FIG. 5 is a front perspective view of the embodiment of FIG. 1, adjusted to a fourth interior width;

FIG. 6 is a front elevational view of a second embodiment of an adjustable storage rack according to the present invention;

FIG. 7 is a front elevational view of a third embodiment of an adjustable storage rack according to the present invention;

FIGS. 8–9 show how to determine an optimal width between the walls of an adjustable storage rack according to embodiments of the present invention; and

FIG. 10 shows an optimal packing of a three-wide stack.

DETAILED DESCRIPTION OF THE PRESENTLY PREFERRED EXEMPLARY EMBODIMENTS

A first embodiment of an adjustable storage rack 10 according to the present invention is shown in FIGS. 1–5. The adjustable storage rack 10 includes a fixed wall 12 and a movable wall 14. The movable wall 14 is connected to the fixed wall 12 by a connecting link 16 pivotally attached to the fixed wall by a connector 18 and also pivotally attached to the movable wall 14 by a connector 20. The connectors 18 and 20 can be of several types, including threaded fasteners, pin and clip fasteners, rivets, etc. A conventional oscillator 22 (or like mechanism for extracting and vending the lowest product) for vending the beverage container (product) is connected to the connecting link 16 by a connector 24.

The connecting link allows the movable wall 14 to move with respect to the fixed wall 12 and to thereby vary the interior width between the movable wall 14 and the fixed wall 12, for example, as shown in FIGS. 1 and 2. As compared to its position in FIG. 1, the movable wall 14 in FIG. 2 has been vertically lowered with respect to the fixed wall 12, thereby increasing the interior width between the two walls, as can be seen by the different spacing of the containers 26 in the two drawings.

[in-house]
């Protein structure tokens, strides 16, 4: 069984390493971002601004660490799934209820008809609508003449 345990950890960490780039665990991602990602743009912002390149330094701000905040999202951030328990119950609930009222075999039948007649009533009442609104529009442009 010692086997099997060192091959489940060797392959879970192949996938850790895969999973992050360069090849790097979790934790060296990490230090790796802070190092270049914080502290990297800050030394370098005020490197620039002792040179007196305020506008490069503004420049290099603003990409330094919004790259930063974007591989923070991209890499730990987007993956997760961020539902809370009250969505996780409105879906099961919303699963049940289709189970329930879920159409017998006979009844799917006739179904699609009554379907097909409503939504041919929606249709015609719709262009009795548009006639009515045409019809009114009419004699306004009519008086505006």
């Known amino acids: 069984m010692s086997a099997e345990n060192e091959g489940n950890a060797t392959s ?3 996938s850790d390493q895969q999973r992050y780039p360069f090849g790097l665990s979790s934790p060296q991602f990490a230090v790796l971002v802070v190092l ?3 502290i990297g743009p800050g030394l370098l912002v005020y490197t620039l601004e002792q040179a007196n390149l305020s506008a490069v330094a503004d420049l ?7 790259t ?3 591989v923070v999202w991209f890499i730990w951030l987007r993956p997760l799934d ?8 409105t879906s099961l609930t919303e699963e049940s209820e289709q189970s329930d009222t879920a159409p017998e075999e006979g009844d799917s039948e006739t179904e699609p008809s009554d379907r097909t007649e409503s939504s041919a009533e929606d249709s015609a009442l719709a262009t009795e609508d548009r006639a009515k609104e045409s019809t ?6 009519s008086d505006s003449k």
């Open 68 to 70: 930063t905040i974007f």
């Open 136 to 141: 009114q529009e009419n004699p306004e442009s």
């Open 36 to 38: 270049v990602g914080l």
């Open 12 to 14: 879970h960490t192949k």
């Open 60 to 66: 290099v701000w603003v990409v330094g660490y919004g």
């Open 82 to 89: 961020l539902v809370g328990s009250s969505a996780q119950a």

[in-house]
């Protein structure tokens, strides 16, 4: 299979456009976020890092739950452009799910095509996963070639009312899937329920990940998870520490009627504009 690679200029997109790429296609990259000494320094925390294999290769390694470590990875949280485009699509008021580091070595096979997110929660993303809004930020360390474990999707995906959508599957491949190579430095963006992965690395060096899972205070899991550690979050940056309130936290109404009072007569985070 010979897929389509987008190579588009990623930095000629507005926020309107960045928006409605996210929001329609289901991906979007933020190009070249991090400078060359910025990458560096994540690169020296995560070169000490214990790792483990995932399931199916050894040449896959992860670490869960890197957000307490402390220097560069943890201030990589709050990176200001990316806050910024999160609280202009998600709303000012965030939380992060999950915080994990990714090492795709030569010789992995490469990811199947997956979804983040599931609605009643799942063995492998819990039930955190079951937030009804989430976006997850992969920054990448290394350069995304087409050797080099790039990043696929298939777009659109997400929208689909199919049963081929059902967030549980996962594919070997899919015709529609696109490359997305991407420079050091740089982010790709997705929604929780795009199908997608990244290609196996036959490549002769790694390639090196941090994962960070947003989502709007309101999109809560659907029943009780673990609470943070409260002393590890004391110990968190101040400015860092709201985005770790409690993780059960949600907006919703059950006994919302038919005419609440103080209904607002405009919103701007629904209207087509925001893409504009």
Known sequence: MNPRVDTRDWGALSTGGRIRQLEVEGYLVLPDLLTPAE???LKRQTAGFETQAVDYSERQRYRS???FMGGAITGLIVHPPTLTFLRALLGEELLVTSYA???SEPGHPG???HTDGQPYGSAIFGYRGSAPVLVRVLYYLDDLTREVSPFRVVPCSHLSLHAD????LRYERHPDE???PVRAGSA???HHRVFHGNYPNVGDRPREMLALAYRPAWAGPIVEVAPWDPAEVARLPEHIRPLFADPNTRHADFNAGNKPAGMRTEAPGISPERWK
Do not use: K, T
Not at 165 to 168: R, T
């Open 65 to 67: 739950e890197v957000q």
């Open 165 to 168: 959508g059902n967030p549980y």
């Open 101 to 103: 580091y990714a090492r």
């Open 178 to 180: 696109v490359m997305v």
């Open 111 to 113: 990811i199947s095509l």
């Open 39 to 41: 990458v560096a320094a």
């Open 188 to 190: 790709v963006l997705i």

Adjustment of the movable wall 14 may be made in different manners. In the embodiment shown, with reference also to FIG. 3, a turnbuckle 30 (or like mechanism) attached between the movable wall 14 and a fixed point, e.g., on the vending machine housing, can be used to move the movable wall to a position that provides a desired interior width for the storage rack 10. By adjusting the length of the turnbuckle, the movable wall is raised or lowered to alter the interior width between the movable wall 14 and the fixed wall 12. The turnbuckle 30 may also be attached between the movable wall 14 and the fixed wall 12. Other mechanisms can also be used to adjust the distance between the two walls, including but not limited to, cam arrangements and link arrangements with discrete adjustment positions.

FIGS. 4 and 5 show the storage rack 10 adjusted for width to better accommodate differently sized beverage containers 32 and 34.

In this embodiment, by mounting the oscillator 22 in the center of the connecting link 16, it is kept approximately centered in the rack 10 regardless of the spacing between the two walls. (In the example shown in FIG. 1, the center of the connecting link will only be at the center of the column formed by the two walls when the link is horizontal. In other positions of the link 16, its center—and therefore the oscillator connected thereto—will be off-center with respect to the column formed by the two walls.) In some embodiments, the oscillator 22 is connected to the link 16 in such a way as to always center it between the walls. Although only one connecting link 16 is shown in FIGS. 1 and 2, it should be understood that there will be a counterpart connecting link 16 on the rear side of the rack 10 and there may also be other corresponding pairs of connecting links 16 attached between the fixed and movable walls at different positions along the height of the walls, e.g., as shown in FIG. 5 which shows the use of four connecting links 16, two in the front of the rack, and two in the rear. The number of connecting links can be altered as desired. The links can be set to maintain the movable wall 14 parallel to the fixed wall 12 throughout the range of adjustment, however, it is not necessary that the side walls 12 and 14 remain parallel.

For instance, in an alternative embodiment, the connecting links 16 may only be used at the bottom of the rack 10. The top of the rack walls would be located by a vertical slot and a pin riding in the slot. As the movable wall 14 is moved up and down (using the turnbuckle 30 or other device) the interior width at the top of the rack 10 would be maintained but the interior width at the bottom of the rack 10 would grow or shrink (depending on which way the movable wall 14 is moved). In another embodiment, the top connecting links 16 can be made nearly horizontal. When adjusting, the bottom interior width would grow or shrink but the top interior width would remain nearly the same.